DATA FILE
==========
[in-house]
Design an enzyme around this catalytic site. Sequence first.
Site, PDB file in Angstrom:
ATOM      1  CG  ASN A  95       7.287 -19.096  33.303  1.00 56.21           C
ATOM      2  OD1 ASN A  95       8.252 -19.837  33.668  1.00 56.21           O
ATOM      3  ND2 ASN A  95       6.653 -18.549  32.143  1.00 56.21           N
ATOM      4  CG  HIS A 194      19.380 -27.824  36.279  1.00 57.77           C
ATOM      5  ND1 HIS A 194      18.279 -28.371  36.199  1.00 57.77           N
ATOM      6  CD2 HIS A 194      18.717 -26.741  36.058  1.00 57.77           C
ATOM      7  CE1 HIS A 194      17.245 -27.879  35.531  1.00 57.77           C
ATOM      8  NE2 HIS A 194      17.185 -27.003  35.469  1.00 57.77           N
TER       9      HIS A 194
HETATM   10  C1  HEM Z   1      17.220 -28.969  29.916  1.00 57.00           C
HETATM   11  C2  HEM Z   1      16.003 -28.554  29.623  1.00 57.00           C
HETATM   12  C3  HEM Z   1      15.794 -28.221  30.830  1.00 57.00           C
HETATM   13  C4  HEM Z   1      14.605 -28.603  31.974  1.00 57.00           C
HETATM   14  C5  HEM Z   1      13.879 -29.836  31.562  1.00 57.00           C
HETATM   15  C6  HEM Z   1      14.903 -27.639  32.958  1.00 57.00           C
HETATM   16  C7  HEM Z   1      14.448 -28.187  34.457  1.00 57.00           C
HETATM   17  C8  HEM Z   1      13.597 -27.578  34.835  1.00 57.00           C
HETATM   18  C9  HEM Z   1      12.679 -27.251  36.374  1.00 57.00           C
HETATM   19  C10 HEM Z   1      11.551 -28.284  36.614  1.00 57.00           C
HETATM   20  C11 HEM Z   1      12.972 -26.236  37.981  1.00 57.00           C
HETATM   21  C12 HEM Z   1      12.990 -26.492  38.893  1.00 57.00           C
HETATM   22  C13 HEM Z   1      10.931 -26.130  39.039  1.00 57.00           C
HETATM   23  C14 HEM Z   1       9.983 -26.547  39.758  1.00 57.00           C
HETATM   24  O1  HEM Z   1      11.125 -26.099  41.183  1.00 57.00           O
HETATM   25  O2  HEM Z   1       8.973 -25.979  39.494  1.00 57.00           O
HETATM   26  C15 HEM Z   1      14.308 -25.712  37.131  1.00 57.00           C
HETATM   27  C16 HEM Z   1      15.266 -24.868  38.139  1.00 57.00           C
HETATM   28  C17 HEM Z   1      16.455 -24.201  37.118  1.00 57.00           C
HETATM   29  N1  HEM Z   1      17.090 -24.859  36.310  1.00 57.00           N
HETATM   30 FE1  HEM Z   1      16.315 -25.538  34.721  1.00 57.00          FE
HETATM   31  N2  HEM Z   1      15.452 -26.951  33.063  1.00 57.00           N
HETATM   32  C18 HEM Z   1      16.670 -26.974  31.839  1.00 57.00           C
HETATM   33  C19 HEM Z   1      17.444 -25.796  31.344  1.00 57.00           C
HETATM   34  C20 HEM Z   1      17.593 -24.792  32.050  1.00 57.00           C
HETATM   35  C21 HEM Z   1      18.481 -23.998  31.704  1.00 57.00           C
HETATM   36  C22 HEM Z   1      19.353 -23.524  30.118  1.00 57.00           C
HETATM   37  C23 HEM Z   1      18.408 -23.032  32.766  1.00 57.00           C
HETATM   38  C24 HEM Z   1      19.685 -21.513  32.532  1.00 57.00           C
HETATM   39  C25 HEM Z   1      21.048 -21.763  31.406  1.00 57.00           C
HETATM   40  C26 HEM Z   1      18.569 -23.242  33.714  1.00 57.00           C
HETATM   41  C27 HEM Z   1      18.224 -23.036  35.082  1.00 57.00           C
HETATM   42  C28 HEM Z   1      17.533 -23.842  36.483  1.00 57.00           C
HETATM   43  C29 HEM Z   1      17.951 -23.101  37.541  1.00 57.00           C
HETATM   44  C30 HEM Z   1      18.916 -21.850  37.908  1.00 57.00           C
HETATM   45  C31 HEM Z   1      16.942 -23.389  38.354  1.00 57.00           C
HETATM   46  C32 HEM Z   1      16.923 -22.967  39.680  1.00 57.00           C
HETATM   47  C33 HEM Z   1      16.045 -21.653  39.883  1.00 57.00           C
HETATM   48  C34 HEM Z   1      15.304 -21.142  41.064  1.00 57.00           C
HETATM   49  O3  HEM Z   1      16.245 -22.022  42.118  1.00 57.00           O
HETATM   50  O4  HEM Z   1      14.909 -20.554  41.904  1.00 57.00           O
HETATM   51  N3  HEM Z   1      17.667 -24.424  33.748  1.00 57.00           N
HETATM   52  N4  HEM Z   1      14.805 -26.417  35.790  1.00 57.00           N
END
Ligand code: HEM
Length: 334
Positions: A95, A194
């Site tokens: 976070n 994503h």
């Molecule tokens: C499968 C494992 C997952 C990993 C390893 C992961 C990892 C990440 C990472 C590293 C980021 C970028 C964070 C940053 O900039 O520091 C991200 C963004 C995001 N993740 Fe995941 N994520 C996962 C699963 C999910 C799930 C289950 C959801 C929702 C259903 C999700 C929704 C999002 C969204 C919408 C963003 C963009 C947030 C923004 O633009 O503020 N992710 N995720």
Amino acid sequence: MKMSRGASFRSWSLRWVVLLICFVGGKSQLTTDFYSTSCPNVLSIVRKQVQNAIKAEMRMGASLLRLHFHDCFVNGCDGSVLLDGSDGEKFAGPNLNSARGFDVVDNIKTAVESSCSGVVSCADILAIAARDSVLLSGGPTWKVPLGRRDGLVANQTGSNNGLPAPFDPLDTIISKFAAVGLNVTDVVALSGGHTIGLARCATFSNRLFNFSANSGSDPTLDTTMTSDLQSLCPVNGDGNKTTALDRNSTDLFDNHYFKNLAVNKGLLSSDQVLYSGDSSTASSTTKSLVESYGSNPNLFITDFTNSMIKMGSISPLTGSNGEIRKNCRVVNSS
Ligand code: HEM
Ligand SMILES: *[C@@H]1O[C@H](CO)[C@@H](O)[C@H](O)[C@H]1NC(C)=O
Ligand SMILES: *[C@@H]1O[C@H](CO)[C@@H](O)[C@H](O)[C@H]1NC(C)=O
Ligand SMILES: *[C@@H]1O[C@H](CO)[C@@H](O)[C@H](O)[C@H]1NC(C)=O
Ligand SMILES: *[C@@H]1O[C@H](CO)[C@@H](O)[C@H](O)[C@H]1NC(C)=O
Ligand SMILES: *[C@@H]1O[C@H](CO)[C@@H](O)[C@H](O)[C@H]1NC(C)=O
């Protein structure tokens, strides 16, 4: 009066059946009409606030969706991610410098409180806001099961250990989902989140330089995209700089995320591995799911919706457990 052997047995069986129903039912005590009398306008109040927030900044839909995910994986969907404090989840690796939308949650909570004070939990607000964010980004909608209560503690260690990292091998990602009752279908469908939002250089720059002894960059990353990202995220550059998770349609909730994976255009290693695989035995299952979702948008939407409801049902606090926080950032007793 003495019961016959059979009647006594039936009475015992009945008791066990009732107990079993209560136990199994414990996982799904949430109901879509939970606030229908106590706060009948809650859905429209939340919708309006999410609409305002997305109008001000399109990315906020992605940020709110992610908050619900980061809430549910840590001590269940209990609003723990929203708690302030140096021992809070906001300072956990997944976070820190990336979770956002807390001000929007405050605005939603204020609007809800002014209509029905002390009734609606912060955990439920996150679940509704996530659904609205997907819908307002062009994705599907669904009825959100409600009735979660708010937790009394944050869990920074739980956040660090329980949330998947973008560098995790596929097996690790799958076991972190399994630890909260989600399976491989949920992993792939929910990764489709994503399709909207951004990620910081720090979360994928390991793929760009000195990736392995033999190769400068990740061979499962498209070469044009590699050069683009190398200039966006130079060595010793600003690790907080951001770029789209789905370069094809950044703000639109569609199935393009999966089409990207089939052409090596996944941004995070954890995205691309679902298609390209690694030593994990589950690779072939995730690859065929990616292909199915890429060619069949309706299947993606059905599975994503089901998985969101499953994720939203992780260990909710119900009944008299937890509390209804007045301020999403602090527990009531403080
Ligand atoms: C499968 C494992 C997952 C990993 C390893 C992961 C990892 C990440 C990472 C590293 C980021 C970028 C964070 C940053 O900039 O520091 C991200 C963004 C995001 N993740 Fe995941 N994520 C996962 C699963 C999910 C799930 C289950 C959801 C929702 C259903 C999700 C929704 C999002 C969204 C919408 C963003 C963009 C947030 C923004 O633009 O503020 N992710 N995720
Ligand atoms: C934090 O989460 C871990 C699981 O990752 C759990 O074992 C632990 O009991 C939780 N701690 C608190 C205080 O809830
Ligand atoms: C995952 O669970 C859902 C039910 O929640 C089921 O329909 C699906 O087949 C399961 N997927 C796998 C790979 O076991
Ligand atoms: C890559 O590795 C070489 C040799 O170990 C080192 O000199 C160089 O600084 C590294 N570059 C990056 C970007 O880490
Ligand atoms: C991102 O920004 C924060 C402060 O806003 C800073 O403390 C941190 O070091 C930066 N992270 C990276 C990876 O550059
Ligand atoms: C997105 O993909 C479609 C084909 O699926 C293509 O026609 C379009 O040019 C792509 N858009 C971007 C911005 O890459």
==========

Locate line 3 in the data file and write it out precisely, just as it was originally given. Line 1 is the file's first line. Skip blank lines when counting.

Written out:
Site, PDB file in Angstrom: